Somehow I ended up with 2 tubs of dates in my pantry. Not a
bad thing, necessarily, but I didn't want them to go to waste. I generally don't need an
excuse to bake, but this was a good one!
Dates make an awesome natural sweetener, being on the lower
end of the glycemic index (I believe they are a 9) means less of a blood sugar spike, great if you happen
to be diabetic. They are also rich in polyphenols and fiber, making them a smart alternative to
refined sugars that bring nothing to the table but sweet!
This cake is lovely for breakfast. (or any time of the day
for that matter!) Moist and flavourful, it is not overly sweet, and virtuous
enough in its ingredients to make having cake for breakfast an OK thing. (My
blueberry shunning teen even packed two pieces in his lunch today, a definite seal
The batter is made, start to finish, in the food
processor. If you don’t have one, I might suggest that you soak the dates to soften them, and whiz them with the banana and other
liquid ingredients in your blender, pour into a mixing bowl and proceed with
the recipe from there.
As many of you know, Jim and I are avid gardeners. Having our own veggies and herbs just steps
from our back door is one of our favourite things, and we try and make the most
of our Canadian growing season. We have pulled carrots and parsnips, in years
past, well into January, and, when we have planted enough kale, have pulled
kale just before Christmas. This year, however, the winter cold came on early and
hard, leaving a bunch of carrots, beets and parsnips unharvested. The ground
was just too hard to get them out, and we mourned the loss of the last of our
small root crops as we watched the snow get deeper… and deeper… and deeper.
who knew a pressure
washer was such an
effective veggie scrubber ?
Fast forward to this past weekend. After a very long, very
cold winter that seemed it would never end,
we were gifted with a warm spring Sunday that just begged to be spent
out of doors. Even though rain threatened off and on all day, and the wind
tried its best to blow us down, we spent most of our time in the yard and
garden getting things ready for spring planting. When I pulled the dead foliage
from the parsnip bed, I was surprised to
see little green leaves sprouting in nice tidy rows. (I have, in past years
pulled a few stray parsnips out of the ground in the spring, but they were few
and far between, and not very edible looking to say the least.) Not expecting much, I dug the pitchfork out of the
shed, and proceeded to dig up part of a row. When these marvelously perfect
parsnips emerged from their earthy home, I was tickled pink! Dinner plans were quickly
revamped to include these beauties. Nothing beats garden to table eating, and
having this surprise spring harvest made it that much better. I think Overwintering parsnips will become
part of our garden plan every year!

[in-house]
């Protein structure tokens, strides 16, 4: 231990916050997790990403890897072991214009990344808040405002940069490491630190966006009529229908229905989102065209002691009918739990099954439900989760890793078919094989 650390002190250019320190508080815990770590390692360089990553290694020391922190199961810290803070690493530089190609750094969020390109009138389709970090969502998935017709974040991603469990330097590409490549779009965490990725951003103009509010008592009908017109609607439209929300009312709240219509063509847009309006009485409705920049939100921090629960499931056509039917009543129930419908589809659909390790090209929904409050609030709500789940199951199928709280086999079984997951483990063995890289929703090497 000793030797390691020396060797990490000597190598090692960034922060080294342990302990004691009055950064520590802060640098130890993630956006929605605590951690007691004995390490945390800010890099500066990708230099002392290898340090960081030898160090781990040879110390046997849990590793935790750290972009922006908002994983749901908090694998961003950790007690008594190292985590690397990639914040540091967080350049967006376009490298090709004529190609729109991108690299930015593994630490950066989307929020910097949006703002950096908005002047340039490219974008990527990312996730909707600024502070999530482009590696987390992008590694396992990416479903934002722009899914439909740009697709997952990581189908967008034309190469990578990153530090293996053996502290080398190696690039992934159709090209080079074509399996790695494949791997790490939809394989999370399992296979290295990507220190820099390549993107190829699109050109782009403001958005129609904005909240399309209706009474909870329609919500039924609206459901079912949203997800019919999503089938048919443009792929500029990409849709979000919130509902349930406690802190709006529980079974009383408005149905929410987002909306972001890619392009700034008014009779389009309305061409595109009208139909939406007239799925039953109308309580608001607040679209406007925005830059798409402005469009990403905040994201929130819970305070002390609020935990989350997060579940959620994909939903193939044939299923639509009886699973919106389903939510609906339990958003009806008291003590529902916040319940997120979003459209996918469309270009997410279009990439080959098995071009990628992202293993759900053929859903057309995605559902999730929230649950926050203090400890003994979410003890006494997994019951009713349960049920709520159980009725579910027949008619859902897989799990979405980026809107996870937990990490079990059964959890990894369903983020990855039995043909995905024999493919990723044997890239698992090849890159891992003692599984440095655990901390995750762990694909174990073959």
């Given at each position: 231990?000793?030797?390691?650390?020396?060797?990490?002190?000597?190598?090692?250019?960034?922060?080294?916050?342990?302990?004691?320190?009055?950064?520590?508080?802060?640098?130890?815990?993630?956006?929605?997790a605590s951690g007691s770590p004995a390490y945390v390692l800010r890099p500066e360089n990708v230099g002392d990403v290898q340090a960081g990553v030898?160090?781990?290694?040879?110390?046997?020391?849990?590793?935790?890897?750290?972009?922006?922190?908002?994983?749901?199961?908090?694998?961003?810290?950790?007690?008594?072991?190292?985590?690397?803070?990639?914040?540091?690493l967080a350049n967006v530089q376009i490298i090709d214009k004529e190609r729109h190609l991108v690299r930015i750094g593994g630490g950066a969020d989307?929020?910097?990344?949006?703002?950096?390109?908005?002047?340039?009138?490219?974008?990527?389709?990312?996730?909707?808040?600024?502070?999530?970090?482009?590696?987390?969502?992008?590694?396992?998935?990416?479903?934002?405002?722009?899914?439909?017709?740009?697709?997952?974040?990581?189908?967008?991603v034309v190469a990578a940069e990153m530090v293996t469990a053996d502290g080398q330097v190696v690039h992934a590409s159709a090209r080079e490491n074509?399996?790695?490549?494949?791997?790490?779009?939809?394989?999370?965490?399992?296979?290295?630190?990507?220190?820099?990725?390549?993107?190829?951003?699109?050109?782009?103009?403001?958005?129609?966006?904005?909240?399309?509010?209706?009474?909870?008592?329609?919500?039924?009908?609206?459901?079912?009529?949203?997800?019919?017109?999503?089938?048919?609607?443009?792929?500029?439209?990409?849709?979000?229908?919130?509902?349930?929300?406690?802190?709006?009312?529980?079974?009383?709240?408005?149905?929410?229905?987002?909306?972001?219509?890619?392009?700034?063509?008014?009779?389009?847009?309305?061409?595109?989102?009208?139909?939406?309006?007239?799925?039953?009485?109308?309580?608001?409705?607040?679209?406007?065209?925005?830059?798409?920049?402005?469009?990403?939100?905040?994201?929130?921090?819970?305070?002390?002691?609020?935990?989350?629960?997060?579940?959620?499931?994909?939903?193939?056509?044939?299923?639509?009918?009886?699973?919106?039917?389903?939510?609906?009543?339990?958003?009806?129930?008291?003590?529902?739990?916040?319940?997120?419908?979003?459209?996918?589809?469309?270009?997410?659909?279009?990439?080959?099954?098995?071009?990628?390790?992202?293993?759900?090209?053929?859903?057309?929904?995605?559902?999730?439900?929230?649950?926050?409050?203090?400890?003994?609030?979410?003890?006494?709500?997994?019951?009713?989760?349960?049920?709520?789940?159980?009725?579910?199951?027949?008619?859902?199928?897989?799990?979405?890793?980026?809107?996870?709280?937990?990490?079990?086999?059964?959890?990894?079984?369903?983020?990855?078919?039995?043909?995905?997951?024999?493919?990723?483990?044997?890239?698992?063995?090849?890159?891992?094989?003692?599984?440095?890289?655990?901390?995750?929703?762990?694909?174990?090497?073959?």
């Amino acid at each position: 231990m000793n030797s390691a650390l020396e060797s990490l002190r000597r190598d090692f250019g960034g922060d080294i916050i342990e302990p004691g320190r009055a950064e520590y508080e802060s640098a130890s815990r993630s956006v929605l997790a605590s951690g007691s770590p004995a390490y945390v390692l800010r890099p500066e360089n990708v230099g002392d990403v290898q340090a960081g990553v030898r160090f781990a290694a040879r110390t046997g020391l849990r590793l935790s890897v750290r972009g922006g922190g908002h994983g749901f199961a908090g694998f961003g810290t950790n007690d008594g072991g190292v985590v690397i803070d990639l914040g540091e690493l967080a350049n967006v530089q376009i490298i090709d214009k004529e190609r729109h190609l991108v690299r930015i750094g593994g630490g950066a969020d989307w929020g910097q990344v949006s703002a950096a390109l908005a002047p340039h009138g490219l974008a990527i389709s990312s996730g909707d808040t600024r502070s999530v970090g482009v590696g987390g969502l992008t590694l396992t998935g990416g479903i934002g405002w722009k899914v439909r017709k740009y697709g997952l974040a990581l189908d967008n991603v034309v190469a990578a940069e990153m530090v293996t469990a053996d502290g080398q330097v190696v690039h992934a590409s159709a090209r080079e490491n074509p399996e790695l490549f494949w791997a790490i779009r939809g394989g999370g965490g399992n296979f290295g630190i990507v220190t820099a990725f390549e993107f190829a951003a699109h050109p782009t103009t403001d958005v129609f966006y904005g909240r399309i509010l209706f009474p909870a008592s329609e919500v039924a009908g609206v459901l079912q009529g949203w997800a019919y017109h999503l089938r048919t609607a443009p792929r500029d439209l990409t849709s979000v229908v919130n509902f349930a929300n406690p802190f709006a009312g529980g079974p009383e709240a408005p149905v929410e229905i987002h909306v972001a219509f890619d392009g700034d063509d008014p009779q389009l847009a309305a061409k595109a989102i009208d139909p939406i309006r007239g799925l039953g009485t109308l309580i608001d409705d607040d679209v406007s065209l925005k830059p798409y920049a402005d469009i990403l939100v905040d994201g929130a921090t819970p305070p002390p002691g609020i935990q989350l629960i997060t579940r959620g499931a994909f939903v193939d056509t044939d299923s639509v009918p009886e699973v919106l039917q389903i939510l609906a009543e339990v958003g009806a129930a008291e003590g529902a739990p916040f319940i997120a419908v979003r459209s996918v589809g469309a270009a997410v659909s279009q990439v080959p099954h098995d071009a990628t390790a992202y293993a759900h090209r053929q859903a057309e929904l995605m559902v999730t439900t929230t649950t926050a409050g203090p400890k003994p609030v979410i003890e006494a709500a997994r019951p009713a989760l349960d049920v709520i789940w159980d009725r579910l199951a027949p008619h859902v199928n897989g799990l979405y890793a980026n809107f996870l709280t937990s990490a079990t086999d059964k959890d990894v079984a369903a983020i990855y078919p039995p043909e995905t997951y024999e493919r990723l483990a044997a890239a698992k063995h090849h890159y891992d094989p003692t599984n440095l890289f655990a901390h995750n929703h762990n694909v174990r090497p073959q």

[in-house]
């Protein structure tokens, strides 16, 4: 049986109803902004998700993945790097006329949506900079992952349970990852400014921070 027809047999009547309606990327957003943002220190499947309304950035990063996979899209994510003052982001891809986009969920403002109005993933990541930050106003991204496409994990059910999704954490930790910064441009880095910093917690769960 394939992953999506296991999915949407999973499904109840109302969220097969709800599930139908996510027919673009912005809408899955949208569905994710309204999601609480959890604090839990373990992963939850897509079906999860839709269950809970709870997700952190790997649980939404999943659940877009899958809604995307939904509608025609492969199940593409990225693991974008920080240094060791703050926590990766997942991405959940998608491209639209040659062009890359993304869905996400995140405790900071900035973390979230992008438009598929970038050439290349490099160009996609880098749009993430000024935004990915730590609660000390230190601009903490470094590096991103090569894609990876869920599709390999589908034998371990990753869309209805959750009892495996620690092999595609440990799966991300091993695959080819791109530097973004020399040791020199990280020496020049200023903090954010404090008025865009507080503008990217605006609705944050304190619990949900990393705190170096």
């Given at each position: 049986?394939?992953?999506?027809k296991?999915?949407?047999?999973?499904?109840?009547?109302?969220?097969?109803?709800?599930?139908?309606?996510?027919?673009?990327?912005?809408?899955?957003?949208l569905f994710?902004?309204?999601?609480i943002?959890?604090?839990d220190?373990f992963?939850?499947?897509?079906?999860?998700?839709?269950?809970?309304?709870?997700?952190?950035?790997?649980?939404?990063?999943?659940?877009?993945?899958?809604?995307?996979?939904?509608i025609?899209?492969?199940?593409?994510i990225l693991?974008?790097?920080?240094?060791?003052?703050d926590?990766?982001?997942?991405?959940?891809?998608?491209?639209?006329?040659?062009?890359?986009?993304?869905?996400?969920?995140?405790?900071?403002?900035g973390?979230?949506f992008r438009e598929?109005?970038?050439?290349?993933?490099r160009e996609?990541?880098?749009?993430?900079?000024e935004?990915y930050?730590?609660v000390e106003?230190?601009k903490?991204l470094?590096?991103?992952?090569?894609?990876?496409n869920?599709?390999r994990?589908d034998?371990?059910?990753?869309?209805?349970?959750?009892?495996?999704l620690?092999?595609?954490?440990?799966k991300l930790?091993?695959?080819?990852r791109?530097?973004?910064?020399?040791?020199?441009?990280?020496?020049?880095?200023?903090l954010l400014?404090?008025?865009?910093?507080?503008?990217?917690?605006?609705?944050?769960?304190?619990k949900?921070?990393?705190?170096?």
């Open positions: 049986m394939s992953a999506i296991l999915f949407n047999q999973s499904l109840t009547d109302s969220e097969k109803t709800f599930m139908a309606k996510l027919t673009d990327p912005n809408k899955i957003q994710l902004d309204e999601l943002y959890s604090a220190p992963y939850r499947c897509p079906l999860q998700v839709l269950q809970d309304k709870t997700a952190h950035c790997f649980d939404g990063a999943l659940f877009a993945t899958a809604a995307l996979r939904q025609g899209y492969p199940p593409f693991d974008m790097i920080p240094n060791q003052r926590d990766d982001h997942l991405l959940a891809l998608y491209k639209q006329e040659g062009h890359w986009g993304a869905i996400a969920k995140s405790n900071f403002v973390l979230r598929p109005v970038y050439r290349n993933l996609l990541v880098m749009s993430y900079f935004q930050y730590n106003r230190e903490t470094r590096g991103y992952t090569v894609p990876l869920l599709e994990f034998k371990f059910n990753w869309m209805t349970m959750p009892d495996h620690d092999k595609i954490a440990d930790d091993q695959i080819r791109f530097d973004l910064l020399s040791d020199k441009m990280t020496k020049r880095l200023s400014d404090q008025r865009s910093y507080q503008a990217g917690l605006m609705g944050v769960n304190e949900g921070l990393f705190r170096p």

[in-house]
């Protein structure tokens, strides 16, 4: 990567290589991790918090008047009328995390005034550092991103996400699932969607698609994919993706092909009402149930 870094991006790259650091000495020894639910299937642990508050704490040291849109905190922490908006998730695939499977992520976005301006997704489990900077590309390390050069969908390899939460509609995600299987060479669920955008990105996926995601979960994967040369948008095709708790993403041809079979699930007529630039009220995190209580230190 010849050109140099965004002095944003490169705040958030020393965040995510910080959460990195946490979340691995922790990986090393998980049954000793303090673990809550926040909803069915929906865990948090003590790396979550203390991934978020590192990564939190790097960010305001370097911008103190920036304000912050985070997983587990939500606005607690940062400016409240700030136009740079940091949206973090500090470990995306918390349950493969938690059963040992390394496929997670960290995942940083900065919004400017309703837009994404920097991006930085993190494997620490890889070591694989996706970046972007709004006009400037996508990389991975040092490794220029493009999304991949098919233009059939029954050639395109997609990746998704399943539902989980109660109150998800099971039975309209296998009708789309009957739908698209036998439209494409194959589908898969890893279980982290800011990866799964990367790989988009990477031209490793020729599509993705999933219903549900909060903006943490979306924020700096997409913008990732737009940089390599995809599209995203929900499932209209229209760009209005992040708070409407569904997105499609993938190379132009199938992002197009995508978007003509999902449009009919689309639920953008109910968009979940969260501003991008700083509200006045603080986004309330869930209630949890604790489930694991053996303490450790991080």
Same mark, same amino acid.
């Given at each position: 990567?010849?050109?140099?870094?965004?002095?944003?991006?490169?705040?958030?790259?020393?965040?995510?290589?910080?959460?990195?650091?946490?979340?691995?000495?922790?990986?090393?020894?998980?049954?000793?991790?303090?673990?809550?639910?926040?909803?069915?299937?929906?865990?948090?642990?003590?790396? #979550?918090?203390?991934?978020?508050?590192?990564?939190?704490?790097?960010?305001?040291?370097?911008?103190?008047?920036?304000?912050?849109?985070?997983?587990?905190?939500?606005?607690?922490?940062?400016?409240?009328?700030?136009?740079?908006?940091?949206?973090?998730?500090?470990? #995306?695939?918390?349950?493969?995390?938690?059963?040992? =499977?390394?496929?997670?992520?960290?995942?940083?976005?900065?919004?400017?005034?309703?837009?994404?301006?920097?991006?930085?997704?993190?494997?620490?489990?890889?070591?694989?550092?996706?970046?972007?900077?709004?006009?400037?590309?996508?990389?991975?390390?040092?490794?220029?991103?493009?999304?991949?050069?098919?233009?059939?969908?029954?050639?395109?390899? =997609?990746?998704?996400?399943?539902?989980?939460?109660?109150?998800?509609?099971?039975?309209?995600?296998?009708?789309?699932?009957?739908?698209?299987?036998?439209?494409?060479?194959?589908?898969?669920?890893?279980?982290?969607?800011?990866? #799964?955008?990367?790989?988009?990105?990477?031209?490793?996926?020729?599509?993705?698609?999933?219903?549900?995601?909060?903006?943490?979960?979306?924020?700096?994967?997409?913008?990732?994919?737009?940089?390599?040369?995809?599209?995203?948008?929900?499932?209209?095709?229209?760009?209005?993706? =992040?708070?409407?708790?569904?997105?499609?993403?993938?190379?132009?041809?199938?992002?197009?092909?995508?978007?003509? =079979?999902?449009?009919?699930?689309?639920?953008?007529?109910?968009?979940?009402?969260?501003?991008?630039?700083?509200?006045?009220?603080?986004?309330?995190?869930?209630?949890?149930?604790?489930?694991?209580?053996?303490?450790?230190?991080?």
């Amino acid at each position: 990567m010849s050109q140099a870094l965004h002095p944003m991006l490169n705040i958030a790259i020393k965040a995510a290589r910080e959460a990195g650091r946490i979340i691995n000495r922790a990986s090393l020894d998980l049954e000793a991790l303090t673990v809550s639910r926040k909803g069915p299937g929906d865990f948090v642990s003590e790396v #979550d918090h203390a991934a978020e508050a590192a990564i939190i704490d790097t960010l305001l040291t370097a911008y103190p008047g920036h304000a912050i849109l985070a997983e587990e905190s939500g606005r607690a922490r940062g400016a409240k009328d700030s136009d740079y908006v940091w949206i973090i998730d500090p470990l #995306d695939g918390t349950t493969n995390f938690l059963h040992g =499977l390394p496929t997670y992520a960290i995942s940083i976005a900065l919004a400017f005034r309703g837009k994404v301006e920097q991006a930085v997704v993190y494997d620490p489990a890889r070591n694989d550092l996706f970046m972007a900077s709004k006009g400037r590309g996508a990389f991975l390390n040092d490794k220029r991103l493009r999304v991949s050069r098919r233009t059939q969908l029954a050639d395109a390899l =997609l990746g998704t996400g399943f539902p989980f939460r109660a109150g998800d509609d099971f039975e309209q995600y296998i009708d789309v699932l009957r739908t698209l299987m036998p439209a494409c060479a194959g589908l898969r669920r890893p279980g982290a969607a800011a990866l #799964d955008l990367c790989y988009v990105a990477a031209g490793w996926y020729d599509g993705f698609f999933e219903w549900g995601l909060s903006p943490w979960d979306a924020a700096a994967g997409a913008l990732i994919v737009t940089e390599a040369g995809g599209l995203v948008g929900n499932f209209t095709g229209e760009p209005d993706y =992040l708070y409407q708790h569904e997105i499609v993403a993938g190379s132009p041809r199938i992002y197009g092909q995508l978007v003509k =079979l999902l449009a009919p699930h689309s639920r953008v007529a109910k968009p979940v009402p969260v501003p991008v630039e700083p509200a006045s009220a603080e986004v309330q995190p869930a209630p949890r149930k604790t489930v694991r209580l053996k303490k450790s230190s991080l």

These "fries" have a nice spicy undertone, and a lovely texture. They were a perfect side for our rotisserie chicken and Bacon Scalloped Potatoes. (that recipe will be posted soon!)
Approx 9 parsnips, scrubbed and/or peeled
1 ½ tsp dried rosemary
¾ tsp smoked sea salt or other sea salt of choice
Fresh ground black pepper to taste
2 tbsp melted coconut oil
Preheat oven to 400F
Scrub parsnips well, peel if desired. Cut into 3-4 inch lengths, and then cut lengthwise
into “fry” sized sticks. (the smaller
you cut them the quicker they will cook, ours were on the chunky side) Toss in
11”x15” glass baking dish (or a parchment lined baking sheet, cooking time may
vary) with oil, rosemary, salt and pepper.
Roast for 20 minutes, stir and roast again for approx 15 minutes
or until they start to brown and crisp. Serve hot!
This was one of those improvisational dinners that turned out really well. Thumbs up from the teenagers, fast and frugal. Win Win Win!
When I make my bone broth, if my beef bones are meaty enough, I pull them out at the 10 or 12 hr mark, pull off the cooked beef, and put the bones back in for the rest of the time. The beef, by this time is lovely and tender, and is usually enough for an entire meal. I like to buy my beef stock bones from Oakridge Acres. I "stock" up(pardon the pun!) whenever we go out there to shop. They are meaty and big, and considering all of the wonderful goodness you get from them, a very frugal purchase. Two packages generally make about 10 cups of bone broth, and a meal from the pulled meat. For under 4$ a package, it helps to balance out the rest of our food budget.
I love my cast iron skillets for dishes like this, a quick saute and they can go straight in the oven, giving you time to toss a nice green salad and whip up some dressing, like this maple balsamic that is one of our faves! Feel free to substitute any leftover beef or chicken in this recipe, its a great way to use up leftovers!
Leftover Beef Skillet Supper
1 large red onion, peeled and chopped
1 tbsp coconut oil
3 cloves garlic, minced
1 tsp dried thyme
1 tsp sea salt or zesty Herbamare
1 cup Beef Bone Broth
1 796ml can of diced tomatoes (look for BPA free cans!)
4 cups pre-cooked beef
1 1/2 cups grated cheddar cheese
Preheat oven to 400F
Heat coconut oil in a large cast iron pan over medium high heat until melted and hot. Saute the onion for 3-4 minutes, stirring often. Add the garlic, thyme and salt. Saute for another 2 minutes. Add the tomatoes and beef, and stir well to combine. Top with grated cheese and using an oven mitt (cast iron handles get hot!!) place in hot oven. Bake for approximately 35 minutes or until the cheese is melted and slightly browned. Remove from oven and serve hot, with a nice tossed salad.